A Mercy opens with an unknown first person narrator, who later turns out to be Florens, addressing an unknown and not-present second person audience (who later turns out to be the Blacksmith). Florens tells the Blacksmith not to be afraid, because what she is going to recount cannot hurt him. She says that the Blacksmith can think of her story as a confession, but one full of curious, dream-like, and uncanny events and details.
Florens’s instruction about what her narrative is going to be (dream-like, a confession), shows her sense of narrative control. At the same time, that her story is unconfined by traditional reality highlights Morrison’s commitment to postmodernism, and to the freedom of subjectivity and ambivalence that it affords.
Florens brings up the questions “who is responsible?” and “can you read?” She seems to mean not just reading text, but also reading symbols. Florens tells the Blacksmith that not all signs are so easy to read, and many take more time to understand. Florens describes trying to read all the signs, but feeling like she is missing much.
When Florens asks the Blacksmith if he can read symbols, Morrison draws the reader’s attention to the fact that good reading is not a simple task. The emphasis on reading also highlights the link between slavery and suppressing literacy.
Florens states that she will start recounting her narrative from the part that she knows is certain, beginning with shoes. Florens describes how, as a child, she did not like being barefoot, and would beg to wear other people’s shoes. This upset Florens’s mother. Florens’s mother did not want Florens to wear the broken high heels Florens found being thrown away at her mistress’s house, thinking that high heels were for “bad women.” But finally she consented.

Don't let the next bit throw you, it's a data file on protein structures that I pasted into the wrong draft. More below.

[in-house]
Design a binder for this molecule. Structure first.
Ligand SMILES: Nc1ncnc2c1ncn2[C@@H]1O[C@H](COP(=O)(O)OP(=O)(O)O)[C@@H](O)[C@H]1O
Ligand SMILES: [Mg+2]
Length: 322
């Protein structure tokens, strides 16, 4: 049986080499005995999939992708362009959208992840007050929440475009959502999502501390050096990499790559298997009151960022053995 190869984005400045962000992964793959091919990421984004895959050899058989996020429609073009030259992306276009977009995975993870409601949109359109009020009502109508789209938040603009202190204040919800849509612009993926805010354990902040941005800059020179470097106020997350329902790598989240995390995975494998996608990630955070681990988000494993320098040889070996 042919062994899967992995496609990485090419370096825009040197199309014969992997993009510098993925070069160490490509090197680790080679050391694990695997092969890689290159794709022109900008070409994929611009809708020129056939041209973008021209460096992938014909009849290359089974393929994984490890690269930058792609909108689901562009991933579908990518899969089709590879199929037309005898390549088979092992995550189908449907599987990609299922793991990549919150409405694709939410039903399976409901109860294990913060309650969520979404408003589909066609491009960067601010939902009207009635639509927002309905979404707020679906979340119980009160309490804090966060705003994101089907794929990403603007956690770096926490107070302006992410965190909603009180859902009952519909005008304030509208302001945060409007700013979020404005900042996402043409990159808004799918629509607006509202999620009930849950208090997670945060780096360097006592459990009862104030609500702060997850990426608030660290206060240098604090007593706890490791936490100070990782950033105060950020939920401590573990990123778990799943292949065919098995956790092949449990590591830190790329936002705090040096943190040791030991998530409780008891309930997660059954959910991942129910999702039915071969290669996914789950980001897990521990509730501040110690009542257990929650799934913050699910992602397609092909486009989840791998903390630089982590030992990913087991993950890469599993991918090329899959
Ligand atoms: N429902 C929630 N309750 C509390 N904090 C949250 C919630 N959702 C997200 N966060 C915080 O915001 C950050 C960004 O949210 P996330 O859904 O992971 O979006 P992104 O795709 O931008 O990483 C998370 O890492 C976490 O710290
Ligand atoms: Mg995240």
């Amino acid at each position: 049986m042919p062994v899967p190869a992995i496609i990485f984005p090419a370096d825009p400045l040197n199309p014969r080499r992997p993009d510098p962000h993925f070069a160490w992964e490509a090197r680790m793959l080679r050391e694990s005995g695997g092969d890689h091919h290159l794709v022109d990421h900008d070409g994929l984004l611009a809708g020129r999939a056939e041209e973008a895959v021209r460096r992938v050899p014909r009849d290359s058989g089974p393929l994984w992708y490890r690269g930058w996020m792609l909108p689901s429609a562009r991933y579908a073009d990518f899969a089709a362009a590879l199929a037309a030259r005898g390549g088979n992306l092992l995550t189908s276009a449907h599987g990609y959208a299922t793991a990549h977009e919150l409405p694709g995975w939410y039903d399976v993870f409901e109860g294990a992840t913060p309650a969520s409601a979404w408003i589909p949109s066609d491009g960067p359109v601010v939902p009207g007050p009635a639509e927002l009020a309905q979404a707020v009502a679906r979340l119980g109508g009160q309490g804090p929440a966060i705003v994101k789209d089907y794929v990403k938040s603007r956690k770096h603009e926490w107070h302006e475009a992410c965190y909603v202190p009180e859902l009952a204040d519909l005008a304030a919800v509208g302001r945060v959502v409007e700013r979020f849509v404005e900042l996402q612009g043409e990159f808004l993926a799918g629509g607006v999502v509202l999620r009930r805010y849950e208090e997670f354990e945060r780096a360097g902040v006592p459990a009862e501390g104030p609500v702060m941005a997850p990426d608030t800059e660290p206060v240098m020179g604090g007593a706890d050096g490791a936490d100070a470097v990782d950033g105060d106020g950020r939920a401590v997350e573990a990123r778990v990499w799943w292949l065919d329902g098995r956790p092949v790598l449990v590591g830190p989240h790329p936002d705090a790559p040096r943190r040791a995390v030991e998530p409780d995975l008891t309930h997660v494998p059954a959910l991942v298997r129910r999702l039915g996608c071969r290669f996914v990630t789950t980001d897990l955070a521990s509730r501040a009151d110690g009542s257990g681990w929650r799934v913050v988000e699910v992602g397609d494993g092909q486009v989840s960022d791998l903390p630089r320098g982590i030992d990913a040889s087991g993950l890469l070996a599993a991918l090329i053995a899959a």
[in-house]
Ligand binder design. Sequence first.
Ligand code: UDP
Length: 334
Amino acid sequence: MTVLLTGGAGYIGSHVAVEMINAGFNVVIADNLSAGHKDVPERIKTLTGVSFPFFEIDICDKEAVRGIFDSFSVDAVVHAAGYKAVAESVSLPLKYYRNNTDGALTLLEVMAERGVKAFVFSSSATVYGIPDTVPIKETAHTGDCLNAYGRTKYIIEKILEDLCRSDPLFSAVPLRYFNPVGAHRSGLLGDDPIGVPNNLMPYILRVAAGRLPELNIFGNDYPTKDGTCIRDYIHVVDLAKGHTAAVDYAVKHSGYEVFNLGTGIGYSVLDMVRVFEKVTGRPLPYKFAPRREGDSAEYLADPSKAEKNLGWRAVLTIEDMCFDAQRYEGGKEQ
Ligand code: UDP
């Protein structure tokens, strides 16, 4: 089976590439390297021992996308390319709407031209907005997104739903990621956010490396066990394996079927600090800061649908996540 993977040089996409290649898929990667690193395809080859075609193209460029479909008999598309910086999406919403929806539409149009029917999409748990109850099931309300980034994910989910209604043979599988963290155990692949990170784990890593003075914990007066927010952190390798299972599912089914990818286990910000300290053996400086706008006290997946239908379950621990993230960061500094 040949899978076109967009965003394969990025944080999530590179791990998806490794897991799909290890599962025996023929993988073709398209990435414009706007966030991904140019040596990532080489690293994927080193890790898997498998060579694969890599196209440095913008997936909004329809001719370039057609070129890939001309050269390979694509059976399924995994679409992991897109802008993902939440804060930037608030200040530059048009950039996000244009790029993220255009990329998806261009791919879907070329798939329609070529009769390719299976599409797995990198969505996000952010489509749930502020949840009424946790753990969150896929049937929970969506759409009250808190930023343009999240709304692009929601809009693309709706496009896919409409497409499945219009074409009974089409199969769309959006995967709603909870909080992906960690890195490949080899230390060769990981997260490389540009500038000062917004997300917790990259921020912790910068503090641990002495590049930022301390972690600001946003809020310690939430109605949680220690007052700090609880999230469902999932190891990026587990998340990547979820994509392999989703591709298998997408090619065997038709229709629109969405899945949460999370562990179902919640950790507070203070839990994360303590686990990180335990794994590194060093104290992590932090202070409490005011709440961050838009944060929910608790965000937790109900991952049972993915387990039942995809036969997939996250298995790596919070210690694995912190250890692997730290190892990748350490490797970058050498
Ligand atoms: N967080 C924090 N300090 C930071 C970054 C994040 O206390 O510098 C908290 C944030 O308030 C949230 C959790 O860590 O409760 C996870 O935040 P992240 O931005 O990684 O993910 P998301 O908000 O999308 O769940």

When Florens juxtaposes her narrative uncertainty with her shoes, Morrison clues the reader into how the shoes function throughout the novel— to anchor the reader in a novel that constantly changes time and narrative perspective. At the same time, Florens’s shoes, especially her high heels, later come to indicate her budding sexuality and womanhood.
Florens says that Lina tells her that this is why her feet are so delicate and weak. Lina asks what she will do with the “hands of a slave” and the “feet of a Portuguese lady.” Florens explains that when she set out to find the Blacksmith, Florens’s current mistress Rebekka and Lina gave her “Sir’s” (Jacob’s, Florens’s master) boots.
When Lina talks about Florens having the “hands of a slave” and the “feet of a Portuguese lady,” she emphasizes, albeit through a joke, how the effects of slavery and class stratification are inscribed into the body.
Lina and Rebekka stuff the boots with cornhusks and hay so they fit Florens better and tell her to hide a letter in her stocking. Although Florens can read, she does not read the letter, and neither do Lina or Sorrow, who are illiterate. Florens, however, knows it is a letter to give to anyone who may stop her on her errand.
Florens’s boots, different than the high heels she wore as a child, show that her narrative moves fluidly through several timelines. Moreover, because literacy is such a marker of class and freedom, Lina and Sorrow’s illiteracy mark their slave status.